Statistics show that expats in Belgium prefer to travel by public transport. Ditching your car in favour of good old public transportation is not only good for your wallet, it is also one of the easiest things you can do to limit pollution. So how to get around Belgium using public transport?
Public transport in Belgium
The National Railway Company of Belgium (Société nationale des chemins de fer belges/Nationale Maatschappij der Belgische Spoorwegen) is a public transport company founded in 1926 that manages the entire Belgian rail network. Depending on your age and situation (student, teenager, adult or pensioner) you will pay a different rate. On weekends or during holiday periods, special deals are available. To determine your route, find out about train schedules and the price of your trip, visit the SNCB website.
Blue-Bike is a bicycle network originally set up by SNCB and FIETSenWERK to promote mobility. Available in most major Belgian cities, these bikes can be rented at the train station and shall be returned to the same station. You can for example use them to cover the distance between the train station and your place of work, or to move easily in the city during sightseeing. More information can be found on the website of Blue-Bike.
The MOBIB card is a chip card which can hold subscriptions and other tickets of most public transport operators in Belgium (TEC, De Lijn, SNCB, STIB, Cambio and Villo!). It is valid for five years.
Public transport in Wallonia
In Wallonia, the bus network TEC or «Transport En Commune« (Public Transport) has five public transport companies: TEC Brabant, TEC Charleroi, TEC Hainaut, TEC Liege-Verviers and TEC Namur-Luxembourg. These share the same parent company, the Walloon Regional Transport Company (Société Régionale Wallonne du Transport or SRWT). For more information about the network, tariff plans and timetables of TEC buses, click here.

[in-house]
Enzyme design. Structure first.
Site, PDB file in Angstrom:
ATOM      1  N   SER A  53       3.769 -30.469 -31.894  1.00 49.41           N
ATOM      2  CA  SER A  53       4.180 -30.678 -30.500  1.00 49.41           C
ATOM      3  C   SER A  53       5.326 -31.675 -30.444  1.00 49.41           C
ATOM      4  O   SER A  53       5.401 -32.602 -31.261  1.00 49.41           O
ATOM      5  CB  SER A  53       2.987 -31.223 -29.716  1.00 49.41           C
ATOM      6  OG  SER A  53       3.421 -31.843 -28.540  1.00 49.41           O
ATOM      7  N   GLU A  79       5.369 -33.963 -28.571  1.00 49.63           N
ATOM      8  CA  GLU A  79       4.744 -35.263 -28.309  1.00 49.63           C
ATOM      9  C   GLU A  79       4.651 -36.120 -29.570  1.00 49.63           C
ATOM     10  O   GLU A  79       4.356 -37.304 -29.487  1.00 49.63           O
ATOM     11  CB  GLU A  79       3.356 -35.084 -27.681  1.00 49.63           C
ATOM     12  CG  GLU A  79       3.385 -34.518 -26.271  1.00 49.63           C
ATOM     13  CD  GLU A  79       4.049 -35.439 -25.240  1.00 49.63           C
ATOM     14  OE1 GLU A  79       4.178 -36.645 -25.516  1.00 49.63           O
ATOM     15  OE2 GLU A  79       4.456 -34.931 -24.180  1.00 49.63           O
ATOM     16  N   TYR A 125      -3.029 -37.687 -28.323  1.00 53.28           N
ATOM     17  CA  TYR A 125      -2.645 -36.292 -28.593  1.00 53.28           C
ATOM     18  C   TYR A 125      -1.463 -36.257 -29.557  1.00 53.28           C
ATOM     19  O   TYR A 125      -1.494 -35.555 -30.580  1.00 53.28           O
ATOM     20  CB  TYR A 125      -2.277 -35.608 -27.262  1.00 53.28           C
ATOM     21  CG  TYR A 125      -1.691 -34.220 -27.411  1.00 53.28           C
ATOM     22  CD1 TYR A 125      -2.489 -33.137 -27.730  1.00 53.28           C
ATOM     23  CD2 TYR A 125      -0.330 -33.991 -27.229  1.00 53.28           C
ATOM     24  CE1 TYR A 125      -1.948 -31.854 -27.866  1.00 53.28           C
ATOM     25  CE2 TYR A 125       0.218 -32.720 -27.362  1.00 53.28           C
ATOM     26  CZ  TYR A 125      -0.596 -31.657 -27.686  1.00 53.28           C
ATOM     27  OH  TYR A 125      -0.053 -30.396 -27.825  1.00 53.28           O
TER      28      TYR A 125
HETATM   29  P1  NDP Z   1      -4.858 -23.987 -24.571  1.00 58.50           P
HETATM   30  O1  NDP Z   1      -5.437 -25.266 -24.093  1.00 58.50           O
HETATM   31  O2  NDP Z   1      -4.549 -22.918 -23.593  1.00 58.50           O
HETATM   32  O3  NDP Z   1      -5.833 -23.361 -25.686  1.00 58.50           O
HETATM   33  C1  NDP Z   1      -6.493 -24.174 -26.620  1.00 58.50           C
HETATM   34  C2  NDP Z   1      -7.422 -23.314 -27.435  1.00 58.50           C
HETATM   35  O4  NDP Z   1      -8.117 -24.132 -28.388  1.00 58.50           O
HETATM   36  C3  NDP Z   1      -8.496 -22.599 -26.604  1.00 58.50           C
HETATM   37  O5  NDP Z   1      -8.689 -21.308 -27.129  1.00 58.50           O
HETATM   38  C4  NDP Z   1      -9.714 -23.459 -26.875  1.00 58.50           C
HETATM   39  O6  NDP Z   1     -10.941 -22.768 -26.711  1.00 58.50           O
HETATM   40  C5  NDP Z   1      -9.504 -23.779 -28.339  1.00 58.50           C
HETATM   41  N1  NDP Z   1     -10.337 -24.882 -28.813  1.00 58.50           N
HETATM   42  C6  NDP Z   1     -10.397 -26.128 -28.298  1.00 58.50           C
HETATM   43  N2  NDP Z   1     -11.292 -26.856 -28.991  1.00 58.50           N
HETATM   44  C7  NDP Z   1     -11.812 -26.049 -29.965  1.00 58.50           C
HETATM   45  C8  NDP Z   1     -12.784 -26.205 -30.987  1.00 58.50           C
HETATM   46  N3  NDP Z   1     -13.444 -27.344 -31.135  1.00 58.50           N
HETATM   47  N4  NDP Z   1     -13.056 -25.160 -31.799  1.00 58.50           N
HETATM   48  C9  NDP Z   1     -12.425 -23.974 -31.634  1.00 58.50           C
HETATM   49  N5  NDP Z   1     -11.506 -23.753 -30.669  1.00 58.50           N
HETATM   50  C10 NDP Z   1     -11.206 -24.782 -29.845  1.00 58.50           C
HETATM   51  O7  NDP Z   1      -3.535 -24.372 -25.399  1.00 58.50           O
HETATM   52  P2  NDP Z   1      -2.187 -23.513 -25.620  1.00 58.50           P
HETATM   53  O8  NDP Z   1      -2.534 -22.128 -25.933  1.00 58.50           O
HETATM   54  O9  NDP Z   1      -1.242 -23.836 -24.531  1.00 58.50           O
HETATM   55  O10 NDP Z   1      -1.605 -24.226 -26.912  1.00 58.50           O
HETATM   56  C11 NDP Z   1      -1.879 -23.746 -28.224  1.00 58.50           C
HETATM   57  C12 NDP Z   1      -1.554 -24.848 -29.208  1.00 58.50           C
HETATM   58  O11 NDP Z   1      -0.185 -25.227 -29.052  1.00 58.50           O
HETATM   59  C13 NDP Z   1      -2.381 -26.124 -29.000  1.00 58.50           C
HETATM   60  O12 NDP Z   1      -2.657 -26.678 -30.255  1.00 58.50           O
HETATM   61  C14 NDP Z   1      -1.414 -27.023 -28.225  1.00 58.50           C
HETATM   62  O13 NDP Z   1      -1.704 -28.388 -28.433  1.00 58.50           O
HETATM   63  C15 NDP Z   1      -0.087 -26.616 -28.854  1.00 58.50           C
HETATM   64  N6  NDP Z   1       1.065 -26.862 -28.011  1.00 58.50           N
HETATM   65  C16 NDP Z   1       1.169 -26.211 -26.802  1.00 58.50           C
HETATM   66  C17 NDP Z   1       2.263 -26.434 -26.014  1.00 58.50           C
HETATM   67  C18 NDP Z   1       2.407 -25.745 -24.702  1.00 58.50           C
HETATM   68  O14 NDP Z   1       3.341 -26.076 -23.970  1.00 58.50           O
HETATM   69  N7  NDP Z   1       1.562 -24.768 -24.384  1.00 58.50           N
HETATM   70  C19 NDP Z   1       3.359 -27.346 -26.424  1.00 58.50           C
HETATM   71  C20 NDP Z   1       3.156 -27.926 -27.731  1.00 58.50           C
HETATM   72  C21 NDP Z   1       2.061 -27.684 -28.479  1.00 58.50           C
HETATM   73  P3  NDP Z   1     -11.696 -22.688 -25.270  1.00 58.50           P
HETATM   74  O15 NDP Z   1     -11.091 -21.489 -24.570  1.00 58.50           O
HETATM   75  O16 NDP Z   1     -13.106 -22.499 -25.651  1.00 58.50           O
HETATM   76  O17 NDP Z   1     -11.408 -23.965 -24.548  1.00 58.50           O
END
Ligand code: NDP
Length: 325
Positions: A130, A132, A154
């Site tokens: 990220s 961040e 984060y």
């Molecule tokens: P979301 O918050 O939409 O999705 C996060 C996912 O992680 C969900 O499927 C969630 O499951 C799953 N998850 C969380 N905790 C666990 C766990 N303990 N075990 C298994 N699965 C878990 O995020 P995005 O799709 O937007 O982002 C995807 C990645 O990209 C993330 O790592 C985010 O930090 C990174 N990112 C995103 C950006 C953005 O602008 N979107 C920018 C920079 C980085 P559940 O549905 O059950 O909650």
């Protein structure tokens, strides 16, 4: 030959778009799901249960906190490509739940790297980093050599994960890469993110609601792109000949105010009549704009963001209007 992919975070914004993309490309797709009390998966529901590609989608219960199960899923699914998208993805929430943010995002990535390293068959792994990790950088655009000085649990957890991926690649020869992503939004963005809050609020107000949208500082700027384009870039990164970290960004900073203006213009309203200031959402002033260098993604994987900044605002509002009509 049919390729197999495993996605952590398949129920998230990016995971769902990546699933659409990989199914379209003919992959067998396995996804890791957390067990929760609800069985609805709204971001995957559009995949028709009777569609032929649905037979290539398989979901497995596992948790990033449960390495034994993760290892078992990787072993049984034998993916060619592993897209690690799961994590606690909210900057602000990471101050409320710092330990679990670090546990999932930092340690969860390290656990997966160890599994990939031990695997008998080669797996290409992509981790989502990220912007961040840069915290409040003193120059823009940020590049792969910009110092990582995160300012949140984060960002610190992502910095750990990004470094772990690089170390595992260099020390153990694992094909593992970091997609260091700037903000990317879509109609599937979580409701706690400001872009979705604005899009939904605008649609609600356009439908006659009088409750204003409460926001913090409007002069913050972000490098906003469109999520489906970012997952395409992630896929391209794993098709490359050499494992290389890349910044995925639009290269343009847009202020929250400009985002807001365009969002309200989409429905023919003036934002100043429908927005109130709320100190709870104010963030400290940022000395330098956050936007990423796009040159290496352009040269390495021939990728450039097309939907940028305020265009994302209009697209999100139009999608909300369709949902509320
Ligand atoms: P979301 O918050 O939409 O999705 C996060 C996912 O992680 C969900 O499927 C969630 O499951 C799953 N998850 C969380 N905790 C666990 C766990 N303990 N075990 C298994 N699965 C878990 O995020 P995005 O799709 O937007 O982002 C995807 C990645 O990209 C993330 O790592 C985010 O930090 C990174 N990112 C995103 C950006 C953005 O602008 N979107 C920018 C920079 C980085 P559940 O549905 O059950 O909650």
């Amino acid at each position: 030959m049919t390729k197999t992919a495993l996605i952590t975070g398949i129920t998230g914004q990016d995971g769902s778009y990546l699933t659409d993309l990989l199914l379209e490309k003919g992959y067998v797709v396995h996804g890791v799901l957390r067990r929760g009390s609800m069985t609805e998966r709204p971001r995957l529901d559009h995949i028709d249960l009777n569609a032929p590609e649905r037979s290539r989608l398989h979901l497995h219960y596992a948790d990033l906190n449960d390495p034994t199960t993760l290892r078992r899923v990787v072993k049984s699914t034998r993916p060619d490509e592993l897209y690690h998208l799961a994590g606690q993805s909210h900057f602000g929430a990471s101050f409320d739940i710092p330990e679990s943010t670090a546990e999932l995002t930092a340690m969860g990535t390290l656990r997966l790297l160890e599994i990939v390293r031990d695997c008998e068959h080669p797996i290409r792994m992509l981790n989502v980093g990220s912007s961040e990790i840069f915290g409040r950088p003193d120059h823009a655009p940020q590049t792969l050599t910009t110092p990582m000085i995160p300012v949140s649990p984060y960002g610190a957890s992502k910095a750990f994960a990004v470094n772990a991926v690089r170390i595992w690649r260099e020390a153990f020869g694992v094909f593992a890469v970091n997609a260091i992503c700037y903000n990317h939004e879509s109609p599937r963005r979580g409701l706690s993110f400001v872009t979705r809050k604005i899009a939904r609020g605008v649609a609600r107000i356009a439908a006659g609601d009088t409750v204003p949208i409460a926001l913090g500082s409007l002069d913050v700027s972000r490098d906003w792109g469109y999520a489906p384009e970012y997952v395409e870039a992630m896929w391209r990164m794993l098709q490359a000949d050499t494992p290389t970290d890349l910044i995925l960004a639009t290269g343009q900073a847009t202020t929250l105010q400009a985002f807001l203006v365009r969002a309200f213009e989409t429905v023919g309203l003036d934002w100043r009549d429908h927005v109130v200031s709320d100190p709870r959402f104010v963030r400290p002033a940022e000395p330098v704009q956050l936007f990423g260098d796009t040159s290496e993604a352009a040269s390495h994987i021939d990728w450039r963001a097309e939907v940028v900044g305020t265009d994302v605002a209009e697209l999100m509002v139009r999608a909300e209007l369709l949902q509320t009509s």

Li bia velo
Self-service bicycle systems are present in three Belgian cities: Brussels, Antwerp and Namur. At Namur, it is managed by Li bia velo. These systems are made up of many stations that are spread throughout the city. Each user can buy an annual subscription online or directly buy their tickets at the station. After using the bike, you can return it at any station.
Public transport in Brussels
If you are moving to Brussels, getting familiar with STIB services is a “must”.
5 things to know about STIB:
- The Brussels Intercommunal Transport Company (Société des Transports Intercommunaux de Bruxelles/Maatschappij voor het Intercommunaal Vervoer te Brussel or STIB/MIVB) is the local public transport operator in Brussels.
- The public transport network of Brussels includes metro, tram and bus.
- The “STIB”-app allows you to view schedules in real time;
- You can choose to buy single tickets or a MOBIB card that you can charge with multiple travels or a monthly or annual subscription.
- You can find the network maps for free on site and at STIB machines in subway stations. For more information on the STIB network and tariff plans, click here.
The MTB pass
In Brussels, there is definitely no shortage of public transport! The STIB and SNCB networks are the main operators, but the TEC bus (Walloon network) and De Lijn (Flemish network) also circulate in some areas. Are you an avid user of public transport? Then you might find the MTB pass (Metro-Tram-Bus), valid with the STIB, De Lijn, TEC and SNCB network throughout the Brussels-Capital Region, extremely useful (available from STIB)!
Every Friday and Saturday night STIB offers a night bus service from midnight to 3 am. This way you can enjoy a pleasant evening downtown without stressing to catch the last metro. For more information, click here.
Villo! is Brussels self-service bicycle system (it works like the Li bia velo system mentioned above). Compatible with your MOBIB card, it is simple, convenient and environmentally friendly. For details, click here.
Collecto is a collective taxi service in Brussels. This service picks up several passengers on the same journey, which allows drivers to take you home seven days a week between 11 pm and 6 am for only a small fee. The principle is simple, you go to a Collecto stop, call 02 800 36 36 and communicate a data set (the number of your stop, amount of passengers, address, etc.). It is also possible to book via a mobile app. Collective taxis are scheduled to leave from the departure point on the hour or at 30 minutes past the hour (e.g. 01.00, 01.30, etc.) and drop you on your doorstep.
Public transport in Flanders
In Flanders (and Brussels), the De Lijn network is responsible for getting everyone safely from A to B. Many buses and trams are available. A tip: Discover the Coastal Tram, the longest tram line in the world that lets you tour the Flemish coast between Knokke and De Panne!
Velo Antwerpen is the self-service bicycle system of the city of Antwerp. The principle is the same as that of Villo! and Li bia velo: you borrow a bike from one station and drop it off after you have used it.
Public transport is not your cup of tea? Would you like to discover the rules related to cars in Belgium?